A jailed Corsican nationalist, whose prison assault sparked protests on the French Mediterranean island, has died.
Yvan Colonna, 61, who had been serving a life sentence for murdering a local official, was beaten by another inmate, a Cameroonian jihadist, on 2 March.
The attack left Colonna in a coma and he had been receiving treatment in a hospital in the south of France.
The assault provoked riots in Corsica, where many see him as a hero in its campaign for independence from France.
Colonna was jailed two decades ago for shooting dead Corsica’s top official in 1998, following a five-year manhunt that eventually found him in the mountains living as a shepherd.
According to prosecutors, he was working out in the prison gym when Franck Elong Abé, 35, a former jihadist serving time for terror offences, launched his attack.
Abé tried to suffocate Colonna with a bin bag after hearing him “blaspheming” and mocking the prophet Muhammed, investigators say.
Colonna’s assault – and the perceived failure of prison authorities to prevent it – stoked anger on the island, prompting its biggest and most violent protests in decades.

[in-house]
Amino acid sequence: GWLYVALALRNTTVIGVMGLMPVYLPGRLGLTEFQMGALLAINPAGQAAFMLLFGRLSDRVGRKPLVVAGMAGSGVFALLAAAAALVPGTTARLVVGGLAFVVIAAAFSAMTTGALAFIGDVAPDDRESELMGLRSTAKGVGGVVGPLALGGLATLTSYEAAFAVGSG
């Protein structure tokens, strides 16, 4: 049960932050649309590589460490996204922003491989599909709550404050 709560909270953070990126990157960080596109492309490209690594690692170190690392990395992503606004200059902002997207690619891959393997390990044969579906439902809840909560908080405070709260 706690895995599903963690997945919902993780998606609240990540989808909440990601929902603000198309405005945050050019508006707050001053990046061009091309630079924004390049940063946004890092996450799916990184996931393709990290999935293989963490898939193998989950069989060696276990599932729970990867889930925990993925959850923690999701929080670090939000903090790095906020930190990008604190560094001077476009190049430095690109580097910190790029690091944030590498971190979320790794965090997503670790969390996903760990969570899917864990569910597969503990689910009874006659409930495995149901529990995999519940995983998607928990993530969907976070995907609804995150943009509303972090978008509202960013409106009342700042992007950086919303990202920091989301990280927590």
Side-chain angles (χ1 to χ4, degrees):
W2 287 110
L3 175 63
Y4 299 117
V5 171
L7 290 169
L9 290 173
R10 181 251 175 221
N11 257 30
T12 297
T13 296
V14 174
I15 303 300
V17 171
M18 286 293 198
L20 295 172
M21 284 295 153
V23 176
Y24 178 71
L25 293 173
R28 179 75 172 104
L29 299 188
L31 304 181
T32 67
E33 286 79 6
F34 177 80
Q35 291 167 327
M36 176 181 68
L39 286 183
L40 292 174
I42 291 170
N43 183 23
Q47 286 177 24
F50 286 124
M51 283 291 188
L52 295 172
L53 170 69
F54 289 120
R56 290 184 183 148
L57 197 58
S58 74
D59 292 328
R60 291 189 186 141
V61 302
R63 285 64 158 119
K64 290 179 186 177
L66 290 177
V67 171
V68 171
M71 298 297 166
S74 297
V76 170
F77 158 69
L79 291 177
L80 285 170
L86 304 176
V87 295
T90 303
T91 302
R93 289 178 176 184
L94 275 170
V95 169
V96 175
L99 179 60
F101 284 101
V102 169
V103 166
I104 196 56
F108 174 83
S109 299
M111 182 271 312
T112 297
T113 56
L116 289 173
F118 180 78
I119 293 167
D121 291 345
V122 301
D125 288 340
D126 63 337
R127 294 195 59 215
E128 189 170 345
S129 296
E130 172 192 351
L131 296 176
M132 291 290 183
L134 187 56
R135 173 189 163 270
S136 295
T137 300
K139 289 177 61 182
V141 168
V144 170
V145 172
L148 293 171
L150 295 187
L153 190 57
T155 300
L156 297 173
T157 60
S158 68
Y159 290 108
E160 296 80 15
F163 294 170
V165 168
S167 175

Thousands of protesters poured onto the streets, chanting “Liberta” (freedom) and “Statu Francese assassinu” (French state assassin). Some lobbed stones and petrol bombs at police.
In a single night of rioting in Corsica’s second-biggest city, Bastia, some 67 people were injured, 44 of them police officers.
The island – most famous for being the birthplace of Napoleon Bonaparte – has been a French territory since the 18th Century. But its recent past has been marked by separatist violence.
The latest unrest has prompted the French government to suggest it could loosen its grip on the island. French Interior Minister Gérald Darmanin has said Paris could offer Corsica “autonomy”, while President Emmanuel Macron has conceded that idea is no longer “taboo”.